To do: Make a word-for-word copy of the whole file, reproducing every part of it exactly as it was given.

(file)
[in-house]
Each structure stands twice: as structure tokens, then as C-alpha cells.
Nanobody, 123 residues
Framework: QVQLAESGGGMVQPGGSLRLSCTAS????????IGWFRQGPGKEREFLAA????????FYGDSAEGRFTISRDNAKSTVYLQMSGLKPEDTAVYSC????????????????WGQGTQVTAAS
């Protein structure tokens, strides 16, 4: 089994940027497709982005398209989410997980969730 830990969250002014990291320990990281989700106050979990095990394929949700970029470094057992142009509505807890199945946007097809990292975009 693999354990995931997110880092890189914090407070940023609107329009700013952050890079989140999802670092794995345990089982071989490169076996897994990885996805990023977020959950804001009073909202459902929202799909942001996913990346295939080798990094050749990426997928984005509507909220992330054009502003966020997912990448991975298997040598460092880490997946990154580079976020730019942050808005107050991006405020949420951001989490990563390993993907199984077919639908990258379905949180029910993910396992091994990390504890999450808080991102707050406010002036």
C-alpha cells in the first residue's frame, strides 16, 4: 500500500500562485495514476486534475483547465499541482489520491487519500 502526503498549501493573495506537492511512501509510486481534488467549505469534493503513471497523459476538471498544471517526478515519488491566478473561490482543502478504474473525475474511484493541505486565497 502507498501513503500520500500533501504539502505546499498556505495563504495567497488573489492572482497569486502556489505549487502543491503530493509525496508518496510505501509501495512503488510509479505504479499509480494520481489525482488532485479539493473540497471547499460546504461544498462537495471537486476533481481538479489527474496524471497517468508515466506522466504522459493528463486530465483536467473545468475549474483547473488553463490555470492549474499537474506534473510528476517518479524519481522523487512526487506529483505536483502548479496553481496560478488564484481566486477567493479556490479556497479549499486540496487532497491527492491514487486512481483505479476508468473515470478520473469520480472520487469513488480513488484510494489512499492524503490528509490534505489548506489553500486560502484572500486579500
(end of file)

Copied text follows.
[in-house]
Each structure stands twice: as structure tokens, then as C-alpha cells.
Nanobody, 123 residues
Framework: QVQLAESGGGMVQPGGSLRLSCTAS????????IGWFRQGPGKEREFLAA????????FYGDSAEGRFTISRDNAKSTVYLQMSGLKPEDTAVYSC????????????????WGQGTQVTAAS
């Protein structure tokens, strides 16, 4: 089994940027497709982005398209989410997980969730 830990969250002014990291320990990281989700106050979990095990394929949700970029470094057992142009509505807890199945946007097809990292975009 693999354990995931997110880092890189914090407070940023609107329009700013952050890079989140999802670092794995345990089982071989490169076996897994990885996805990023977020959950804001009073909202459902929202799909942001996913990346295939080798990094050749990426997928984005509507909220992330054009502003966020997912990448991975298997040598460092880490997946990154580079976020730019942050808005107050991006405020949420951001989490990563390993993907199984077919639908990258379905949180029910993910396992091994990390504890999450808080991102707050406010002036």
C-alpha cells in the first residue's frame, strides 16, 4: 500500500500562485495514476486534475483547465499541482489520491487519500 502526503498549501493573495506537492511512501509510486481534488467549505469534493503513471497523459476538471498544471517526478515519488491566478473561490482543502478504474473525475474511484493541505486565497 502507498501513503500520500500533501504539502505546499498556505495563504495567497488573489492572482497569486502556489505549487502543491503530493509525496508518496510505501509501495512503488510509479505504479499509480494520481489525482488532485479539493473540497471547499460546504461544498462537495471537486476533481481538479489527474496524471497517468508515466506522466504522459493528463486530465483536467473545468475549474483547473488553463490555470492549474499537474506534473510528476517518479524519481522523487512526487506529483505536483502548479496553481496560478488564484481566486477567493479556490479556497479549499486540496487532497491527492491514487486512481483505479476508468473515470478520473469520480472520487469513488480513488484510494489512499492524503490528509490534505489548506489553500486560502484572500486579500